The United Nations group responsible for Palestinian refugees said Saturday that its top official would make what it calls an “urgent mission” to Syria in order to seek a resolution to the deepening humanitarian crisis at the Yarmouk Camp.
Yarmouk, a neighborhood home to 18,000 refugees outside Damascus, has been cut off from food and aid delivery for nearly two weeks, said the United Nations Relief and Works Agency. ISIS militants arrived at the neighborhood on April 1st, sealing it off from humanitarian aid. Fighting erupted between the terror network and other militant groups, even as the regime of Bashar Assad bombarded the area as part of its ongoing war with militants and other opposition fighters.
“The visit is prompted by UNRWA's deepening concerns for the safety and protection of some 18,000 Palestinian and Syrian civilians, including 3,500 children, as Yarmouk remains under the control of armed groups,” UNRWA said in a statement Saturday.
The statement said the organization's commissioner general, Pierre Krahenbuhl, would consult with the government of Syria "to exchange views on peaceful approaches to addressing the humanitarian consequences of the situation in Yarmouk."
The statement also said Krahenbuhl would travel to a government school building in the Tadamoun neighborhood, to the east of Yarmouk, to meet people displaced by the violence.
Saturday's trip is the latest step the U.N. has taken to resolve the crisis.
The U.N. has called repeatedly for a pause in fighting in order to allow for humanitarian aid, and for safe passage for refugees willing to leave. On Monday, Krahenbuhl briefed a special session of the U.N. Security Council. On Thursday, U.N. Secretary General Ban Ki Moon described Yarmouk as the “deepest circle of hell,” telling reporters that the refugee camp is “beginning to resemble a death camp.”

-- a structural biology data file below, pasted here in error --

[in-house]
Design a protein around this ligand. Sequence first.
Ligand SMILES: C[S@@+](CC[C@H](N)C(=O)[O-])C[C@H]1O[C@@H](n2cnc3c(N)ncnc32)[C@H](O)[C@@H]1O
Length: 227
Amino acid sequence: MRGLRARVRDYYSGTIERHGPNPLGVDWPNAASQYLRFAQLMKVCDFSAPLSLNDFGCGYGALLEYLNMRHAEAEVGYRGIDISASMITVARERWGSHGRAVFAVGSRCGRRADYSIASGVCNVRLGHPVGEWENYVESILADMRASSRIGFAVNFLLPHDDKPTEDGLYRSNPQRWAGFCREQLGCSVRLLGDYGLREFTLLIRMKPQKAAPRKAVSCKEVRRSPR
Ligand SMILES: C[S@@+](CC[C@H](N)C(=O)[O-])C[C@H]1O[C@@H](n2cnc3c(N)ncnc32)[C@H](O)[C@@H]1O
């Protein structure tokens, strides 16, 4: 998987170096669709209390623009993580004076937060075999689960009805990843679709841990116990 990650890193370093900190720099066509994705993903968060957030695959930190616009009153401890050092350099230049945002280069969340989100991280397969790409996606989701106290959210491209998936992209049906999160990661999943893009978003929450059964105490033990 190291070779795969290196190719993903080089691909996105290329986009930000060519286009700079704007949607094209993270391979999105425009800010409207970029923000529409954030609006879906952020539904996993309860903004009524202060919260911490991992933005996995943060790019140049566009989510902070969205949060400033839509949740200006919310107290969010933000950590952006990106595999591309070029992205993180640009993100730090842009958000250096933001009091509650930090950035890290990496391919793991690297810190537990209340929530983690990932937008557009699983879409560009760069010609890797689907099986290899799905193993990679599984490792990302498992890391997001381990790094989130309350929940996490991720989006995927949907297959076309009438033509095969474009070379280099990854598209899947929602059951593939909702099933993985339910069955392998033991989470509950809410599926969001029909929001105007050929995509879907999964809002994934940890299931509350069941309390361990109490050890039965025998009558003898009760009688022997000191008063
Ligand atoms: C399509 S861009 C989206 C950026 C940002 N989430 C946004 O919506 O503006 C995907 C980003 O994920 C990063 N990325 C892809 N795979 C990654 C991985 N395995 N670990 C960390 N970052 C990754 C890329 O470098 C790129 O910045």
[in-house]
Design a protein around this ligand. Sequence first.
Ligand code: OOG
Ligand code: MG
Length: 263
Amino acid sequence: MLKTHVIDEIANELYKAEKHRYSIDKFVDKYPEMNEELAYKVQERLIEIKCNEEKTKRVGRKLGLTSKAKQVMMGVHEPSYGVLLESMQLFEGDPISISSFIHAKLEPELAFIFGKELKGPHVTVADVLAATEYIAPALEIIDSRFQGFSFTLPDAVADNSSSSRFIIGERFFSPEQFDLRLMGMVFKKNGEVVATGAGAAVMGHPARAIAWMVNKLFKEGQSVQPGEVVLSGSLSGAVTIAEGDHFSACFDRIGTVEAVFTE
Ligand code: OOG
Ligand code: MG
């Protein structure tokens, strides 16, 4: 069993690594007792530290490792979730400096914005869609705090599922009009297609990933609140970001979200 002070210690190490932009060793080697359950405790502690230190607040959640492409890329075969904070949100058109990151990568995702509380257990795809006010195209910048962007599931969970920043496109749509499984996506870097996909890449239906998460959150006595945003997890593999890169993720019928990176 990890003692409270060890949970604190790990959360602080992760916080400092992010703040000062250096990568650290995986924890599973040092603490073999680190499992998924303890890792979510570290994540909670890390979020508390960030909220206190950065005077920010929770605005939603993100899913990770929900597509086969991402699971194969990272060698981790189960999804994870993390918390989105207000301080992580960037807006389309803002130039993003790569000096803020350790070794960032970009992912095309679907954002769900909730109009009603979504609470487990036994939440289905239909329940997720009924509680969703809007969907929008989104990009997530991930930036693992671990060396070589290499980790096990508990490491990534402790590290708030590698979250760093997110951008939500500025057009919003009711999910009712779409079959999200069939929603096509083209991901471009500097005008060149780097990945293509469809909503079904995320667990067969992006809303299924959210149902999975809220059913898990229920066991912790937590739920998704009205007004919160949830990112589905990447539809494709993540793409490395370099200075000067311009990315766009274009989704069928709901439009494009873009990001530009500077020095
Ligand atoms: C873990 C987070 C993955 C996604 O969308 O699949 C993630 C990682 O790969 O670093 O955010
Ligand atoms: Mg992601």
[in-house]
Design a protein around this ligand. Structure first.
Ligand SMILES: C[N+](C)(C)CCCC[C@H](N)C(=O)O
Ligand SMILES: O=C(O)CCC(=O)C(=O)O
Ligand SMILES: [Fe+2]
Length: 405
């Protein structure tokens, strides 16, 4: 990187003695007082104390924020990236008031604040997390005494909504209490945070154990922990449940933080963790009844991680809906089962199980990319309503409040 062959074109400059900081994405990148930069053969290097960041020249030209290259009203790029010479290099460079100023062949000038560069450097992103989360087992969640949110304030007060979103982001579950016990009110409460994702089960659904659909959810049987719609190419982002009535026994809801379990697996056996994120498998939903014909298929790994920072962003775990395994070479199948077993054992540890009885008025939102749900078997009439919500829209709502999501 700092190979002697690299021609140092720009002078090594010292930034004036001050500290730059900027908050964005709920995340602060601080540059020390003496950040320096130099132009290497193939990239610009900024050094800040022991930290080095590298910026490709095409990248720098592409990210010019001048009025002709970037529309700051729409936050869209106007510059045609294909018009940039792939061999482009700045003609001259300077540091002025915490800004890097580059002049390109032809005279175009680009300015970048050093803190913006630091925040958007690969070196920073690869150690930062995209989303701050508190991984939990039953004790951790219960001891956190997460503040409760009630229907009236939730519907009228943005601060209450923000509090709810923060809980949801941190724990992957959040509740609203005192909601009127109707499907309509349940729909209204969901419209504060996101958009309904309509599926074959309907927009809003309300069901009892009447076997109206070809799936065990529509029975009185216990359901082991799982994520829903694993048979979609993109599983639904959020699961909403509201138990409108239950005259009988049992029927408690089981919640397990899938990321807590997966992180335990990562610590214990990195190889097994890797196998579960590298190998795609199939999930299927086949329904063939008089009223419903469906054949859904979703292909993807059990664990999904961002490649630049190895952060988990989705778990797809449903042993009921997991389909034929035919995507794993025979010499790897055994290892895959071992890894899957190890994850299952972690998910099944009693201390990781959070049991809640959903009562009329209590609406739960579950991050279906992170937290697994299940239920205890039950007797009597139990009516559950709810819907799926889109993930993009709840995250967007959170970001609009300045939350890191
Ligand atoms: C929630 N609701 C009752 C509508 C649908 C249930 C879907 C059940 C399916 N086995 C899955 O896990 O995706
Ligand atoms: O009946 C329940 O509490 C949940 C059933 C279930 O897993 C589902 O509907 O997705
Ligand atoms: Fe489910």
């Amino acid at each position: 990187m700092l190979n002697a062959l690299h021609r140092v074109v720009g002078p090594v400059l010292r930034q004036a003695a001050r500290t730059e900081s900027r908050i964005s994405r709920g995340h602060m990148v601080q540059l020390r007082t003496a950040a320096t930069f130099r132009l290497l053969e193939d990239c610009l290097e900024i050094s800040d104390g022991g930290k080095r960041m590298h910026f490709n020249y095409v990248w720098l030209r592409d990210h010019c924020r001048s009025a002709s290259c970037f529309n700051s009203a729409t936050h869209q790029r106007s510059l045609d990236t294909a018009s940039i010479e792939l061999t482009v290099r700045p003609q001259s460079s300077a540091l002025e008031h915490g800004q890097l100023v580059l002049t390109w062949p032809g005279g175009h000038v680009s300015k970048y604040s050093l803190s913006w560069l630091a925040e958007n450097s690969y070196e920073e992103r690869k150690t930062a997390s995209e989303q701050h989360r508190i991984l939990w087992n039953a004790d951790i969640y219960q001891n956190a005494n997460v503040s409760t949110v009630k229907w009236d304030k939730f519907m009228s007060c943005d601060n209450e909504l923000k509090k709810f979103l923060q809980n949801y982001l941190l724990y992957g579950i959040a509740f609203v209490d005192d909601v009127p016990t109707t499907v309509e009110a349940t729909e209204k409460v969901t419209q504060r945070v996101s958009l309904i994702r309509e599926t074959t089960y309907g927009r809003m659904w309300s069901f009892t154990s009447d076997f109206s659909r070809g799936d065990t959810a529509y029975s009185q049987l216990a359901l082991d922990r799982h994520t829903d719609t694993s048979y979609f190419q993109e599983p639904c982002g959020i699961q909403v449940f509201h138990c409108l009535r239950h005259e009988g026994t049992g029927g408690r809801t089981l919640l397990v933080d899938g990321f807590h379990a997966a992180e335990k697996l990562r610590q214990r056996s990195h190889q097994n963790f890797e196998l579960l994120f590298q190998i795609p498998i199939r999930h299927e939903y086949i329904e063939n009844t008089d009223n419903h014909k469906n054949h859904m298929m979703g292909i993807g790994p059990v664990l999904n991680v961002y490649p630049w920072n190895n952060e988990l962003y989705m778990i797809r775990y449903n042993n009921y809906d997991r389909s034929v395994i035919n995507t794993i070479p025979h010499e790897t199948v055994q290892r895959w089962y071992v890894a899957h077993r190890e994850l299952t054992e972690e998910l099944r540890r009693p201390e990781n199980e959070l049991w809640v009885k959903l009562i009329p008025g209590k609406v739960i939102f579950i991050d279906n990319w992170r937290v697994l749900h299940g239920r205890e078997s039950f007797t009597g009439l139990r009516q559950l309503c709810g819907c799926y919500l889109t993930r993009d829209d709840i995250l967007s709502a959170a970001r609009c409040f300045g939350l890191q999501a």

The trip also occurs against the backdrop of criticism by local aid groups, which have been forced to flee the mounting violence at Yarmouk. Earlier this week, the director of a Palestinian aid group said he was puzzled by U.N. calls for humanitarian access to Yarmouk.
“Nobody can get in,” said Wasem Sabaaneh, who directs an NGO that until last week delivered aid inside the camp.
NBC News reached Sabaaneh earlier this week in Beirut. His group, the Jafra Foundation for Relief and Youth Development, pulled out of Yarmouk and closed its mission there after a volunteer member was killed by ISIS sniper fire. Sabaaneh says other local relief organizations have left, too, and that the main hospital in Yarmouk Camp is also closed because of lack of supplies.
"How they will have access to Yarmouk Camp if there is ISIS control?” Sabaaneh said. “Who will be there to send food, drugs, or any kind of humanitarian help inside Yarmouk Camp if there is ISIS control?”
But with Saturday’s trip, U.N. officials appear determined to try to find a solution.
“Yarmouk is at the lower reaches of hell. It must not be allowed to descend further,” UNRWA spokesman Christopher Gunness told NBC News on Friday. “All diplomatic, economic and religious levers must be pulled to influence the parties on the ground.”